Can-Am Showdown, Part 1: 2023 Outlander XT 700 vs 2016 Maverick 1000R XC

The debate is constant. Riders adamantly stick to their sides. Simply put: side-by-side versus ATV. Steering wheel versus handlebars. Straddle seat versus bucket seat. Roll cage versus full exposure. We understood the assignment this debate necessitates; and while this is far too nuanced to ever conclude one is definitively the better machine, our goal is to examine the pros and cons that each provides, using two Can-Am machines, a Maverick 1000R and a new Outlander XT 700, to help settle the debate.

The Setup

We tested and compared a 2016 Can-Am Maverick 1000R XC owned by yours truly and a 2023 Can-Am Outlander XT 700 on loan from the manufacturer on the same trails, albeit on different days, but in similar conditions. Aside from being able to operate both at the same time, this is as close of a controlled test as we could conjure. The players come from the same brand but are markedly different: The Maverick has a width of 60-inches compared to the Outlander’s 48.8-inch body, and has a significantly longer wheelbase of 84.3-inches versus the Outlander’s 53-inch wheelbase. The Maverick uses a 1000-class Rotax V-Twin while the Outlander has the company’s new “we-call-it-a-700-but-it’s-really-a-650” single cylinder powerplant. Different means to similar ends.

The Results

On open trails, the Maverick’s wide stance combined with the sense of security gained from a harness and seatbelt and provides a sense of stability that encourages you to let loose on the throttle. The Outlander’s low-end torque we discussed in our First Test can’t compare to that of the larger, 1000cc V-Twin engine. Sure, the added power alone is reason enough to give the edge on an open trail to the Maverick, but it is also in the ride quality.

The Outlander is as comfortable a ride as you’ll find on an ATV, but at higher speeds we find the wider Maverick to feel more sturdy. Not to discredit the Outlander, as this is more of a reflection in general as most side-by-sides we’ve driven would compare to ATVs the same. However, on tighter trails which are more prevalent in the New York area where we tested these machines, there’s inevitably going to be an innate advantage to the Outlander due to trails being tighter and windier. In these circumstances, the handlebars allow you to quickly change direction at the drop of a dime, which combined with an incredibly smaller turning radius makes the Outlander, or any ATV in comparison to a side-by-side, superior.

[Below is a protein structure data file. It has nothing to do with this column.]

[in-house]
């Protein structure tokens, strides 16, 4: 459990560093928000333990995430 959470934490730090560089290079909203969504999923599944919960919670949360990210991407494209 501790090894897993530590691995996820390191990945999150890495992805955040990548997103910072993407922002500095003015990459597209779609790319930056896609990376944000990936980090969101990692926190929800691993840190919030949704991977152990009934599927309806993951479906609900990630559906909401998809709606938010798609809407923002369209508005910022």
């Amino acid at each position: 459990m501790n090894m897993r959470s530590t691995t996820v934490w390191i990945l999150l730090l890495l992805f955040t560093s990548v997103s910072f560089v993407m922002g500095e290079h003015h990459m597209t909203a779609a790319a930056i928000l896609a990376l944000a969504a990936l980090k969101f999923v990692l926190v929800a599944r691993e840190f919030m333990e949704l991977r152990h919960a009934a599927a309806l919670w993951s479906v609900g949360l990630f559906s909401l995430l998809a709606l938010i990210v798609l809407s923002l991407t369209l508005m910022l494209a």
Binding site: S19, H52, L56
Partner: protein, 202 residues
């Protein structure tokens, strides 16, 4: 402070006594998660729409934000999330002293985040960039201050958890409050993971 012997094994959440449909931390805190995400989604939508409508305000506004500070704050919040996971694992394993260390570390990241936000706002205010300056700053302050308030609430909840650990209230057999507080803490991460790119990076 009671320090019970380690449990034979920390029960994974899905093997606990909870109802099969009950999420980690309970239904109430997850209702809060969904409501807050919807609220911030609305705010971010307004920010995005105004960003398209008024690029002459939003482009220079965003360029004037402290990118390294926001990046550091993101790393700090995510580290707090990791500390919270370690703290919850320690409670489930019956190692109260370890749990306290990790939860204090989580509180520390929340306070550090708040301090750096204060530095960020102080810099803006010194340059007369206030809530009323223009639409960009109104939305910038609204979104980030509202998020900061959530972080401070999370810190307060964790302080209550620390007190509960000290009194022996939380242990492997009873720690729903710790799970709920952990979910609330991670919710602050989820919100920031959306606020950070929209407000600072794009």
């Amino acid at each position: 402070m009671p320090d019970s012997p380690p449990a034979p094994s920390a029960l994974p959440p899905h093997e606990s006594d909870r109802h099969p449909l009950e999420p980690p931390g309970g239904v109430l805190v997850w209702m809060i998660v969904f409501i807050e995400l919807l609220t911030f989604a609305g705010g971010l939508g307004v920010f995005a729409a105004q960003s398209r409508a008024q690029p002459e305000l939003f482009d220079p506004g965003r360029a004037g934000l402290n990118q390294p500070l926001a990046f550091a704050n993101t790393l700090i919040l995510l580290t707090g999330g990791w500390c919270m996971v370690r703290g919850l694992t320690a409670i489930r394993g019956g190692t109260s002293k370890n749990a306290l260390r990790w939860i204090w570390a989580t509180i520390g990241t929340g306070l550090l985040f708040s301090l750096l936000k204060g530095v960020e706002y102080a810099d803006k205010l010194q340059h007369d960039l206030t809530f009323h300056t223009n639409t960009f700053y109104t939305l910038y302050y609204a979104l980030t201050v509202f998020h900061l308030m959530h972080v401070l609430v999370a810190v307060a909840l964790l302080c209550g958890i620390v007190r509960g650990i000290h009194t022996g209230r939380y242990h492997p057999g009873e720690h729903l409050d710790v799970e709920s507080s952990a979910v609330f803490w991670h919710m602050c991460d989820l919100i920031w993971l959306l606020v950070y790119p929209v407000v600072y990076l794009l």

In mud, both machines were tested in 2WD and 4WD. Both the Outlander and the Maverick trudged through admirably without even the slightest hint crossing your mind of “oh no we’re going to get stuck.” In deep mud the Maverick seemed to be bogged down slightly more, but this is likely attributed to the extra 500-lbs it weighs. 

On the rocks, the Outlander’s ability to maneuver around obstacles gives an innate advantage to the ATV, since your approach can more easily be set up straight and direct. Hill climbs were close to a toss up, depending on how you decide to approach the terrain. A rocky uphill benefitted the Outlander, as you gain the ability to weave through and around, while the Maverick did better plowing straight up a less rough uphill.

Visibility is a massive advantage for an ATV, and this couldn’t be more apparent when comparing these two. On the Outlander you can stand and see over the front end, while being harnessed into the Maverick does not allow you to see nearly anything over the front end, which makes wheel placement incredibly difficult on obstacles and your reliance on a spotter imperative. Combine that with the throttle control of the Outlander and you’d be inclined to give it the edge. However, if the rocks do not allow for the ATV to weave through, we felt more comfortable in the Maverick being secured in a harness and surrounded by a roll cage.

The Conclusion

As we opened with, this comparison was never destined for a true conclusion, but more to demonstrate what the Outlander and Maverick do well and in what scenarios riders are best set up for enjoyable rides. It can be an endless quest to determine which type of machine is right for each rider, and we hope this highlights some benefits and limitations of both the Outlander and Maverick. All that being said, Can-Am struck gold in building both of these machines, and each have a multitude of reasons that they can claim they should be what you ride. We’re excited to continue to test and compare these two machines.

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